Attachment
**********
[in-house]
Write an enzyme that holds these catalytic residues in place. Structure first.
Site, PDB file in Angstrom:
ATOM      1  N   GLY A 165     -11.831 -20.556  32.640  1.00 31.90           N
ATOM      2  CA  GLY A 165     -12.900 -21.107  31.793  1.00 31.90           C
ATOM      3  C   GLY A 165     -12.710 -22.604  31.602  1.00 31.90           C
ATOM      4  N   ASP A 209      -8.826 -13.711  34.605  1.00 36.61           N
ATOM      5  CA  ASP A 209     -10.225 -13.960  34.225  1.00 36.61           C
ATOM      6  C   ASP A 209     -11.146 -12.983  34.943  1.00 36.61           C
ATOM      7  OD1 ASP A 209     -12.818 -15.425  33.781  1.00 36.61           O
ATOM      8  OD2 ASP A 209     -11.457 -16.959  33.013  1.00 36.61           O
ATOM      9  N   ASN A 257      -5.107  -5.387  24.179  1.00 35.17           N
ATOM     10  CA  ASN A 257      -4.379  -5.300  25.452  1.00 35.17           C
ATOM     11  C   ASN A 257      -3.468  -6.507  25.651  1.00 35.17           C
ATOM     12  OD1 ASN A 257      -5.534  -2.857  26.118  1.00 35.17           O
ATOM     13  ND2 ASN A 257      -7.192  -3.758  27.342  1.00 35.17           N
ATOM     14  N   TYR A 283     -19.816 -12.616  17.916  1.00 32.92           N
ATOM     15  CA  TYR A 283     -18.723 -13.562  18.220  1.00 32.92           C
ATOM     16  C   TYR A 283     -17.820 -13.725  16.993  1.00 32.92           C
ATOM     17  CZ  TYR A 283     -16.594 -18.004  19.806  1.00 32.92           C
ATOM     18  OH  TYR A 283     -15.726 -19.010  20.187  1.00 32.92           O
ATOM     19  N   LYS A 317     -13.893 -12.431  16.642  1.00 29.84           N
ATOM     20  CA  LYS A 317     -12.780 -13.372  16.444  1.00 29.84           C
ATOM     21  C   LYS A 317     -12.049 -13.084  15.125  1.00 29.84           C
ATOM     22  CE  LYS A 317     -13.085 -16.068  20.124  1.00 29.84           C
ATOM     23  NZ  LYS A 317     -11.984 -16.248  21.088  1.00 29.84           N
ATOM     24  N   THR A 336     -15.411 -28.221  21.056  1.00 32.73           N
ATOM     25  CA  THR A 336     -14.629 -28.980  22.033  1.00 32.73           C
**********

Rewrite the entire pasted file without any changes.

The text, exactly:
[in-house]
Write an enzyme that holds these catalytic residues in place. Structure first.
Site, PDB file in Angstrom:
ATOM      1  N   GLY A 165     -11.831 -20.556  32.640  1.00 31.90           N
ATOM      2  CA  GLY A 165     -12.900 -21.107  31.793  1.00 31.90           C
ATOM      3  C   GLY A 165     -12.710 -22.604  31.602  1.00 31.90           C
ATOM      4  N   ASP A 209      -8.826 -13.711  34.605  1.00 36.61           N
ATOM      5  CA  ASP A 209     -10.225 -13.960  34.225  1.00 36.61           C
ATOM      6  C   ASP A 209     -11.146 -12.983  34.943  1.00 36.61           C
ATOM      7  OD1 ASP A 209     -12.818 -15.425  33.781  1.00 36.61           O
ATOM      8  OD2 ASP A 209     -11.457 -16.959  33.013  1.00 36.61           O
ATOM      9  N   ASN A 257      -5.107  -5.387  24.179  1.00 35.17           N
ATOM     10  CA  ASN A 257      -4.379  -5.300  25.452  1.00 35.17           C
ATOM     11  C   ASN A 257      -3.468  -6.507  25.651  1.00 35.17           C
ATOM     12  OD1 ASN A 257      -5.534  -2.857  26.118  1.00 35.17           O
ATOM     13  ND2 ASN A 257      -7.192  -3.758  27.342  1.00 35.17           N
ATOM     14  N   TYR A 283     -19.816 -12.616  17.916  1.00 32.92           N
ATOM     15  CA  TYR A 283     -18.723 -13.562  18.220  1.00 32.92           C
ATOM     16  C   TYR A 283     -17.820 -13.725  16.993  1.00 32.92           C
ATOM     17  CZ  TYR A 283     -16.594 -18.004  19.806  1.00 32.92           C
ATOM     18  OH  TYR A 283     -15.726 -19.010  20.187  1.00 32.92           O
ATOM     19  N   LYS A 317     -13.893 -12.431  16.642  1.00 29.84           N
ATOM     20  CA  LYS A 317     -12.780 -13.372  16.444  1.00 29.84           C
ATOM     21  C   LYS A 317     -12.049 -13.084  15.125  1.00 29.84           C
ATOM     22  CE  LYS A 317     -13.085 -16.068  20.124  1.00 29.84           C
ATOM     23  NZ  LYS A 317     -11.984 -16.248  21.088  1.00 29.84           N
ATOM     24  N   THR A 336     -15.411 -28.221  21.056  1.00 32.73           N
ATOM     25  CA  THR A 336     -14.629 -28.980  22.033  1.00 32.73           C